Siemens has implemented the European Union's RoHS directive. For example we are switching to lead-free soldering methods in our manudacturing operations and avoid RoHS substances in our products. In doing so, we expect from our suppliers to be also compliant to this directive.


As part of its comprehensive product responsibility, Siemens ensures that all applicable obligations defined in REACH are fulfilled in time.

REACH - Regulation (EC) 1907/2006 is the European Chemicals Regulation concerning the Registration, Evaluation, Authorization and restriction of Chemicals. It has been in force since 2007 and replaces 40 individual laws. Its scope of validity covers all substances as such and in chemical mixtures (formally called preparations) or in selected articles and applications. The European Chemicals Agency (ECHA) is responsible for ensuring that the REACH Regulation is implemented and monitored. The aim of the Regulation is to protect human health and the environment. The REACH Regulation is considered to be one of the world's most stringent chemicals laws.

The abbreviation "REACH" derives from the English title of the Regulation: Regulation concerning the Registration, Evaluation, Authorization and Restriction of CHemicals.

The motto of REACH is "No data, no market". This means: enterprises wanting to put chemical substances, preparations and certain products on the market in the European Economic Area (EEA) are required to adhere to the following legal obligations regarding registration, evaluation, authorization, and restriction:

  • Registration: Manufacturers and importers must pre-register/register each chemical substance produced in or imported into the EEA in amounts exceeding 1 ton/year. As part of its support for Siemens AG's Special Representative on the Environment, HR EHS EP regularly carries out monitoring of the quantities of chemicals imported.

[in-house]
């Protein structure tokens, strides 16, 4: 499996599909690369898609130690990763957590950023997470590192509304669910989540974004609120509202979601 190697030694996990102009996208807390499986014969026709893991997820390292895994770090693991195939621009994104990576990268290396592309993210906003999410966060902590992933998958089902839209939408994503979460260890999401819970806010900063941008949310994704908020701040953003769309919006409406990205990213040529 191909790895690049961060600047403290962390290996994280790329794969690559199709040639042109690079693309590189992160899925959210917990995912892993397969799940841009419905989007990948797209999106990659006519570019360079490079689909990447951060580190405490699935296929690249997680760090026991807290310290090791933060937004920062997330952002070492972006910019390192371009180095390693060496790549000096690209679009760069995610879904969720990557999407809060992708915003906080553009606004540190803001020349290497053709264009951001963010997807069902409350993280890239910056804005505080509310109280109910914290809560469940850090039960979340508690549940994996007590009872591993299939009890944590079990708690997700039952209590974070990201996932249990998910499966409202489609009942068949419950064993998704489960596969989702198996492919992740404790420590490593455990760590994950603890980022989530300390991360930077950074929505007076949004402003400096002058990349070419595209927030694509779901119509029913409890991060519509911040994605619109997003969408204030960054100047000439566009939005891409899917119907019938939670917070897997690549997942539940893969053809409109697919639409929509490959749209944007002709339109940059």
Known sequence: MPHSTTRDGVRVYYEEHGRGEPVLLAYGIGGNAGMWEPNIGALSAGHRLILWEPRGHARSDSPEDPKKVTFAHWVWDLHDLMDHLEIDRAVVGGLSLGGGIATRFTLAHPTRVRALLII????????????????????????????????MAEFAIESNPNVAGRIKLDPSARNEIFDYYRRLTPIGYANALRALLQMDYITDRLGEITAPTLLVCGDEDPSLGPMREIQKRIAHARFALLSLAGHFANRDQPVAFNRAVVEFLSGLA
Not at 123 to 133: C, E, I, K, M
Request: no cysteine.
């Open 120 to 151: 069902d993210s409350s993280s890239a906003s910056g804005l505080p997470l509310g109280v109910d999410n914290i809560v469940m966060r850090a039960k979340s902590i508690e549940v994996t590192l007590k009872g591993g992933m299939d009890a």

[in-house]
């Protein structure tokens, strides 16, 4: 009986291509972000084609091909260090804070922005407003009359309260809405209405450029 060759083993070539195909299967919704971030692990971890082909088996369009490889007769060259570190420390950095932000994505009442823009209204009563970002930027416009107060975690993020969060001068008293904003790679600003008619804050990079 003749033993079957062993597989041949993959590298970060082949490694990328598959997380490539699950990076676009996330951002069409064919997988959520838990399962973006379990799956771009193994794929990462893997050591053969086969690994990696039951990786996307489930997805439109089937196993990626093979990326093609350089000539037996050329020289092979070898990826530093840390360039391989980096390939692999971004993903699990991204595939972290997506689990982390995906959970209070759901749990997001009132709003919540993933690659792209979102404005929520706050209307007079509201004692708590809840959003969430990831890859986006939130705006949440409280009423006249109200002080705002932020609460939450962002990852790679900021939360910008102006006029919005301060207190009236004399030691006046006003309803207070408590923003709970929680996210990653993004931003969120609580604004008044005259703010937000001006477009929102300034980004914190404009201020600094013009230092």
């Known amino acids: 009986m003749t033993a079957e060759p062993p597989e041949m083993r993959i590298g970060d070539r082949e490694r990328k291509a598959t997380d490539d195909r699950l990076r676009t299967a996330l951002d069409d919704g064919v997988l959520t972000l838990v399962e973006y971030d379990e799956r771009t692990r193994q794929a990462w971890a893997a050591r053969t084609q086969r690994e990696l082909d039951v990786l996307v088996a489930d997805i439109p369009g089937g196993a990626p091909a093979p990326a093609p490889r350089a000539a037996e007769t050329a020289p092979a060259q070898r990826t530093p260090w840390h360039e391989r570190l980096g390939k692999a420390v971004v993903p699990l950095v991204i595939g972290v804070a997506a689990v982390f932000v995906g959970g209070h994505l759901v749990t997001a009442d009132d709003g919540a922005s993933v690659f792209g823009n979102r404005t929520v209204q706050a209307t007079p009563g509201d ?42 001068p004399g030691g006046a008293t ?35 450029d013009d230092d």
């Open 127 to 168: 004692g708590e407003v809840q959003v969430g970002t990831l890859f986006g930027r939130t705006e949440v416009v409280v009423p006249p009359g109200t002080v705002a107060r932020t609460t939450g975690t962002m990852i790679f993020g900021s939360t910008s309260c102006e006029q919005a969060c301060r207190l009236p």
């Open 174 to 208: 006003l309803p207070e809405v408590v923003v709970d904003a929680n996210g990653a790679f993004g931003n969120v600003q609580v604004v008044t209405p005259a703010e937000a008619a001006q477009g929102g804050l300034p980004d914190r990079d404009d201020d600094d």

• Evaluation: Manufacturers and importers must collect all relevant data and make this data available to the ECHA in order to evaluate the impact of each substance on human health and the environment.

  • Information: If an article contains any substance of very high concern (SVHC) in a concentration above 0.1 percent by weight, information on the SVHC and on safe use of the products must be passed along the entire supply chain. SVHCs are substances that are carcinogenic, mutagenic or toxic to reproduction, or persistent, bio accumulative and toxic substances, or very persistent and very bio accumulative substances. Bio accumulative substances accumulate in an organism e.g. by uptake from the surrounding medium or through food. The ECHA records all SVHCs in the "candidate list" which is updated every six months.

  • Authorization: The use of certain SVHCs requires authorization. These selected SVHCs are part of the authorization list (REACH Annex XIV).

  • Restriction: The REACH Regulation also pertains to the restriction of manufacturing, trading, and using certain hazardous substances, mixtures and articles. These restrictions have been in effect for some time under EEC Regulation 76/769 and were transferred to REACH Annex XVII effective June 1, 2009.

The electronics and electrical engineering industries are obligated to comply with the registration and information requirements described above and to observe all restrictions defined in REACH. The inclusion of the first substances in Annex XIV and the continuous enlargement of ANNEX XIV means that authorization is also becoming increasingly important.